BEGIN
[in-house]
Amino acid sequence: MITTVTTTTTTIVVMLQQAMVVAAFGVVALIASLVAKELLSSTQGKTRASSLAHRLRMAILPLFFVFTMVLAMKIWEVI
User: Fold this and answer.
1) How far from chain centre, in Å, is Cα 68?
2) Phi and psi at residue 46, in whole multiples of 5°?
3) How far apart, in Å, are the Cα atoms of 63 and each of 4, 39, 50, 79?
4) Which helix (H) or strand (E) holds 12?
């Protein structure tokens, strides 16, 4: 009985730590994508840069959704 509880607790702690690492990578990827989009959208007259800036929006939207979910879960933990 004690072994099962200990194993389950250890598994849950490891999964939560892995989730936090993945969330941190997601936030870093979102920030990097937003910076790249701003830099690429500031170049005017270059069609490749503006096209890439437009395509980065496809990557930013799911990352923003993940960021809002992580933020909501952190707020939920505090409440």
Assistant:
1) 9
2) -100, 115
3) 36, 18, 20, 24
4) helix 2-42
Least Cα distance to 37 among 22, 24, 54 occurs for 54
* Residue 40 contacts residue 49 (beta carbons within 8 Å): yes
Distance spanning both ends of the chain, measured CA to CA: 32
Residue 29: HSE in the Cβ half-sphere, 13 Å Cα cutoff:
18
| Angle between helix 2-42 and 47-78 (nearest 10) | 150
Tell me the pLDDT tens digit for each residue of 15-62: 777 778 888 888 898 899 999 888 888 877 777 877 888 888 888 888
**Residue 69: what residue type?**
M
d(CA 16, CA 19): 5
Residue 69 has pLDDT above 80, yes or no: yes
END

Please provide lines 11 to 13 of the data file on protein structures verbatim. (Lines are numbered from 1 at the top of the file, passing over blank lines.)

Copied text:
2) -100, 115
3) 36, 18, 20, 24
4) helix 2-42